The first disappointment is the lack of diversity. Despite the game having three modes (holding the container, defusing the bomb, and rescuing the hostage), the differences between them are purely formal. The scenario hardly changes: one team always hangs around in a couple of rooms with objects and traps scattered around, while the other team inevitably comes in and makes their sparkling edits to the building’s architecture. Right after the squads meet, there is a brief “bang-bang” – and the winner is the one who exposed themselves less during all of this. So much for tactics.

High-stakes kill in the game

What’s even more frustrating is that none of the modes work properly in this state. The addition of “…or eliminate the enemy” at the end of the briefing allows for a much simpler way to win, completely devaluing the presence of objects on the map. The bomb or the civilian are only remembered in the most desperate one-on-one situations, when a duel carries a greater risk – and even then, many prefer to settle things man-to-man, without resorting to amateur defusals. By the way, the authors didn’t bother with player motivation, they simply cleverly added the abbreviation “TDM” to all modes to avoid complaints. Clever.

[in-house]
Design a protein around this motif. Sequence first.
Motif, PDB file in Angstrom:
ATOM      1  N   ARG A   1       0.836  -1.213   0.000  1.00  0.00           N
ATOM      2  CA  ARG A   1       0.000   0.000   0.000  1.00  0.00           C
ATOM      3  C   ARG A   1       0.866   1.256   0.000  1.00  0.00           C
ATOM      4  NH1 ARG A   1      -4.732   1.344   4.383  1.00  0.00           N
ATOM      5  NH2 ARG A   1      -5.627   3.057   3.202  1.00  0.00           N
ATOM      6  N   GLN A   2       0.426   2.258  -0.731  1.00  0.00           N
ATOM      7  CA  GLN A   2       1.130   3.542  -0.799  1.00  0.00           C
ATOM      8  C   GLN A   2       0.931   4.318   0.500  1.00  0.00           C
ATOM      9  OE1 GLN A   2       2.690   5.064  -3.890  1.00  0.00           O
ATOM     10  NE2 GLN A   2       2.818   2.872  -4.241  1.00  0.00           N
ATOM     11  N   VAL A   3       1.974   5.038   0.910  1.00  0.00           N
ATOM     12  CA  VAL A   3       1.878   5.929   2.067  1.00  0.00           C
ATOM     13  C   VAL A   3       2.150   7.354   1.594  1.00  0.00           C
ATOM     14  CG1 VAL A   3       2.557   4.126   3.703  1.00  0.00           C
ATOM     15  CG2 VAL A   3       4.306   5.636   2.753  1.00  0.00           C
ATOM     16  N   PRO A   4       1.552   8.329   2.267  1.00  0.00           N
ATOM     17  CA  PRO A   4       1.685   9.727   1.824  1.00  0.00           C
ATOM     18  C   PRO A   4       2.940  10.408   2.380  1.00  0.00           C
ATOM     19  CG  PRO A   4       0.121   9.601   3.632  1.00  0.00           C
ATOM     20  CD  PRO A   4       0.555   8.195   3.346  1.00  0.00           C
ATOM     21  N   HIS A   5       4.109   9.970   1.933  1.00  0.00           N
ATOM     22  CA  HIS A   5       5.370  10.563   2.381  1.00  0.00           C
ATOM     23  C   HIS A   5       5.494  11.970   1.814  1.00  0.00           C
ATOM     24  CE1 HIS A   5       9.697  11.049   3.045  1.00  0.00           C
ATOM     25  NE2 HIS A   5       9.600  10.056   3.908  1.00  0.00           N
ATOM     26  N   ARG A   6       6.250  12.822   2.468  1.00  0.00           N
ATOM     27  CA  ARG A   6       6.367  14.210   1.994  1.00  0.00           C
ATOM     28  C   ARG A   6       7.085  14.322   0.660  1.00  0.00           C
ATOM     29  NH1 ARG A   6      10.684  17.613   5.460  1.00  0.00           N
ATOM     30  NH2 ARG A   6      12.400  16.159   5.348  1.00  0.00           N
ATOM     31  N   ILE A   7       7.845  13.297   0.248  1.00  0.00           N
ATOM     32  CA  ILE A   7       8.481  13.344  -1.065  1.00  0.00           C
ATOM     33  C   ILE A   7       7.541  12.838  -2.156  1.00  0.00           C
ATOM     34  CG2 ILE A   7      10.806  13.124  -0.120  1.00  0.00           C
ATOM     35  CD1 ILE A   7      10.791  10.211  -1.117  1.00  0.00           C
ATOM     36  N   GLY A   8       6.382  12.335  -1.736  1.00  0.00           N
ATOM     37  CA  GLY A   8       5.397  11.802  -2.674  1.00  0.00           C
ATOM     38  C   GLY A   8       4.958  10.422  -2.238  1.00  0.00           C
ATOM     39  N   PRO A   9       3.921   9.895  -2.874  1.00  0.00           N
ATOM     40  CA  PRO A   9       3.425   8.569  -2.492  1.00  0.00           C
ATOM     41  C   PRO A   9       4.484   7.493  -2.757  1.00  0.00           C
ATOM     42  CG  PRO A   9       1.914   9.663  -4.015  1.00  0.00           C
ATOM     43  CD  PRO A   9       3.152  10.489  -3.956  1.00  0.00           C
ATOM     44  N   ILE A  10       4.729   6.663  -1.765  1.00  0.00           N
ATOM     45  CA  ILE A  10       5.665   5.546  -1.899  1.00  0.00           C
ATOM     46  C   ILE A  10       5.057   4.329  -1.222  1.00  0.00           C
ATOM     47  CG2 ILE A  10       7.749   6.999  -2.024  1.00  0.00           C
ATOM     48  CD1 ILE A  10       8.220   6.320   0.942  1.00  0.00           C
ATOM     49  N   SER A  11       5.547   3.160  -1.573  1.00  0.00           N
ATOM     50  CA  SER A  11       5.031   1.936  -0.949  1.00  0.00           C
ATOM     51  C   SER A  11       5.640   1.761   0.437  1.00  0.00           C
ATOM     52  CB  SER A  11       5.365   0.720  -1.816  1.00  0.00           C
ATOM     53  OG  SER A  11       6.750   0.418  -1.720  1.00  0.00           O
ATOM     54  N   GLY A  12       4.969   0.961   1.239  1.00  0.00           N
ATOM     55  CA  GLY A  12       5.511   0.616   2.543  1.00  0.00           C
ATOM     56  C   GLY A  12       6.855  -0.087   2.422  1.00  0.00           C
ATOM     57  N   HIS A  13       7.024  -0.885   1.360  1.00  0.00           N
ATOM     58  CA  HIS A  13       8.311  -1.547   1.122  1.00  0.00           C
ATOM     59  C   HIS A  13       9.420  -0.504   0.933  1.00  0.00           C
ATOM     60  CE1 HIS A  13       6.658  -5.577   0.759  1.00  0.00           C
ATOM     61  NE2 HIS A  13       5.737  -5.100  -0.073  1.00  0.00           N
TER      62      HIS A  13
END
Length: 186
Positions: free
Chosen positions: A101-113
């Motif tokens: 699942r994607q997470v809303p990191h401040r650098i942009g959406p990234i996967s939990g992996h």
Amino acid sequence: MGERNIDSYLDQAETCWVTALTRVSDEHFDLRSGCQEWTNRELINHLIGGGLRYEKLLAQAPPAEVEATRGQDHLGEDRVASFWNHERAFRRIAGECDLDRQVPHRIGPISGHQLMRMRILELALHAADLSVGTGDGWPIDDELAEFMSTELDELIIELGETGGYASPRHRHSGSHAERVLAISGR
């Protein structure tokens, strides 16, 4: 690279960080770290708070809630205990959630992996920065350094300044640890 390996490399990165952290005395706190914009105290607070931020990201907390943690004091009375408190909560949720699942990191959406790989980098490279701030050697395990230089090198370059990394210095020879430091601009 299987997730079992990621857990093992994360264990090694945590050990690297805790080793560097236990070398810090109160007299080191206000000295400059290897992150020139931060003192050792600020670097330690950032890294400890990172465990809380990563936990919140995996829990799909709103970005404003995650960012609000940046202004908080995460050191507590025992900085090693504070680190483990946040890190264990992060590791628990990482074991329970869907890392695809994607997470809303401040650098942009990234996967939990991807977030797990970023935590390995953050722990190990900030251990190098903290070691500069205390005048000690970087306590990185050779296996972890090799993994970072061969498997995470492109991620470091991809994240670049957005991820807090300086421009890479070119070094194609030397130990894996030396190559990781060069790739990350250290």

Of course, there is no mention of long and memorable operations. Remember… premiere of gameplay at last year’s E3 You remember it in vain, because the sensations from the release version are completely different – no matter how staged the presentation was, it radiated the right mood and promised exciting action at least in one mode. As a result, it is impossible to repeat what was shown, even if desired, at least because there are no longer functions for terrorists to move hostages. As, however, there are no terrorists themselves, instead of whom they inexplicably inserted another special forces unit.

Hostage situation unfolding

They more or less maintain interest at an acceptable level of gameplay. It’s funny, but the mediocrity of most of the locations is actually beneficial – many of them are so dull that they completely fade from memory by the next race. It feels like you’ve already been here, yet you still search for the entrance to the damn biker club as if it’s your first time. How else can replayability be improved?

A true outlet could be the cooperative mode. Technically, it’s here, but the enjoyment from it is less than from survival. in the recent Battlefront No scripts, not even the simplest ones, no challenge – it’s a bare shooting range where shooting down table-top bot peckers is considered the pinnacle of entertainment.

Intense shootout with adversaries